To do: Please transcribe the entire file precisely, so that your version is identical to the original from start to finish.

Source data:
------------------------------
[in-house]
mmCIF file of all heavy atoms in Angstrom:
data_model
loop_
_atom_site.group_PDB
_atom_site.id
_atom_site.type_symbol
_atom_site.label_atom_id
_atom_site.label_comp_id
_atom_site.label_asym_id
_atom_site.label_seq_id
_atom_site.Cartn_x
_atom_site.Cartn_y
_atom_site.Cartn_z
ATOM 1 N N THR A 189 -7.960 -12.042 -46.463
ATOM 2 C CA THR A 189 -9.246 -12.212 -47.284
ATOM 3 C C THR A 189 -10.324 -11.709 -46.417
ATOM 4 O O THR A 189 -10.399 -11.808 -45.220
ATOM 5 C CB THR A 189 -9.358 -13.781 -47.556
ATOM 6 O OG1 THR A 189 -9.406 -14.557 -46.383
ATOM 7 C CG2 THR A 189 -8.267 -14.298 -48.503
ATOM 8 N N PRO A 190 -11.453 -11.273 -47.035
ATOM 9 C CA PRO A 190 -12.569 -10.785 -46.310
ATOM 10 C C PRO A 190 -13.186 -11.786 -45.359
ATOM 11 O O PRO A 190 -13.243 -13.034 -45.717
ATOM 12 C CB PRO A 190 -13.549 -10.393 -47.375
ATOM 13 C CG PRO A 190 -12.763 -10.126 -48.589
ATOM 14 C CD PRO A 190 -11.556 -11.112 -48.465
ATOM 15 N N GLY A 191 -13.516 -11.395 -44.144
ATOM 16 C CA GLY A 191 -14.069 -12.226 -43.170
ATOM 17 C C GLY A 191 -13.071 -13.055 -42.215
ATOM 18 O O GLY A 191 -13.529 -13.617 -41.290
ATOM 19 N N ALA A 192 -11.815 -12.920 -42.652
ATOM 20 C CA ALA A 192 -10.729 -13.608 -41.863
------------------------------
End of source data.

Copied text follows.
[in-house]
mmCIF file of all heavy atoms in Angstrom:
data_model
loop_
_atom_site.group_PDB
_atom_site.id
_atom_site.type_symbol
_atom_site.label_atom_id
_atom_site.label_comp_id
_atom_site.label_asym_id
_atom_site.label_seq_id
_atom_site.Cartn_x
_atom_site.Cartn_y
_atom_site.Cartn_z
ATOM 1 N N THR A 189 -7.960 -12.042 -46.463
ATOM 2 C CA THR A 189 -9.246 -12.212 -47.284
ATOM 3 C C THR A 189 -10.324 -11.709 -46.417
ATOM 4 O O THR A 189 -10.399 -11.808 -45.220
ATOM 5 C CB THR A 189 -9.358 -13.781 -47.556
ATOM 6 O OG1 THR A 189 -9.406 -14.557 -46.383
ATOM 7 C CG2 THR A 189 -8.267 -14.298 -48.503
ATOM 8 N N PRO A 190 -11.453 -11.273 -47.035
ATOM 9 C CA PRO A 190 -12.569 -10.785 -46.310
ATOM 10 C C PRO A 190 -13.186 -11.786 -45.359
ATOM 11 O O PRO A 190 -13.243 -13.034 -45.717
ATOM 12 C CB PRO A 190 -13.549 -10.393 -47.375
ATOM 13 C CG PRO A 190 -12.763 -10.126 -48.589
ATOM 14 C CD PRO A 190 -11.556 -11.112 -48.465
ATOM 15 N N GLY A 191 -13.516 -11.395 -44.144
ATOM 16 C CA GLY A 191 -14.069 -12.226 -43.170
ATOM 17 C C GLY A 191 -13.071 -13.055 -42.215
ATOM 18 O O GLY A 191 -13.529 -13.617 -41.290
ATOM 19 N N ALA A 192 -11.815 -12.920 -42.652
ATOM 20 C CA ALA A 192 -10.729 -13.608 -41.863